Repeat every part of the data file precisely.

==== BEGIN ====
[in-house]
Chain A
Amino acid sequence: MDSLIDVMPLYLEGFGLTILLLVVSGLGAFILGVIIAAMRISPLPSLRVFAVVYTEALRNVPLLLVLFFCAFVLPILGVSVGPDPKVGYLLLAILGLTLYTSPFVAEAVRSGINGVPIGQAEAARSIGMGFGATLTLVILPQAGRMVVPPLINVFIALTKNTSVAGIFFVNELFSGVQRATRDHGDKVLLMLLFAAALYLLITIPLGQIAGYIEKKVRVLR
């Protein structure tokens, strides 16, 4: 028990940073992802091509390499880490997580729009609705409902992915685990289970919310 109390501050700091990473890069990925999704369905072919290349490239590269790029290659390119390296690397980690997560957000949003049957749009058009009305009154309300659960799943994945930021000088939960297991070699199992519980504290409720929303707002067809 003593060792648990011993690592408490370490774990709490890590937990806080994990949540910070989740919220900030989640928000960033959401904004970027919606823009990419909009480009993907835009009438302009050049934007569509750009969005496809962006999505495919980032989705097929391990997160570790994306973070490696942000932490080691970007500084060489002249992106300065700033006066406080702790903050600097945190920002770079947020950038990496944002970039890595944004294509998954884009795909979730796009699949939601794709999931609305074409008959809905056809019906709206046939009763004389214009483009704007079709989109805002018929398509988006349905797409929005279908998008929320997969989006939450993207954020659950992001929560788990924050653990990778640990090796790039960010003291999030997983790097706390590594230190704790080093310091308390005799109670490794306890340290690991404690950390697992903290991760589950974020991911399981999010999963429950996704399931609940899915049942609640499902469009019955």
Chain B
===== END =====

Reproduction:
[in-house]
Chain A
Amino acid sequence: MDSLIDVMPLYLEGFGLTILLLVVSGLGAFILGVIIAAMRISPLPSLRVFAVVYTEALRNVPLLLVLFFCAFVLPILGVSVGPDPKVGYLLLAILGLTLYTSPFVAEAVRSGINGVPIGQAEAARSIGMGFGATLTLVILPQAGRMVVPPLINVFIALTKNTSVAGIFFVNELFSGVQRATRDHGDKVLLMLLFAAALYLLITIPLGQIAGYIEKKVRVLR
């Protein structure tokens, strides 16, 4: 028990940073992802091509390499880490997580729009609705409902992915685990289970919310 109390501050700091990473890069990925999704369905072919290349490239590269790029290659390119390296690397980690997560957000949003049957749009058009009305009154309300659960799943994945930021000088939960297991070699199992519980504290409720929303707002067809 003593060792648990011993690592408490370490774990709490890590937990806080994990949540910070989740919220900030989640928000960033959401904004970027919606823009990419909009480009993907835009009438302009050049934007569509750009969005496809962006999505495919980032989705097929391990997160570790994306973070490696942000932490080691970007500084060489002249992106300065700033006066406080702790903050600097945190920002770079947020950038990496944002970039890595944004294509998954884009795909979730796009699949939601794709999931609305074409008959809905056809019906709206046939009763004389214009483009704007079709989109805002018929398509988006349905797409929005279908998008929320997969989006939450993207954020659950992001929560788990924050653990990778640990090796790039960010003291999030997983790097706390590594230190704790080093310091308390005799109670490794306890340290690991404690950390697992903290991760589950974020991911399981999010999963429950996704399931609940899915049942609640499902469009019955």
Chain B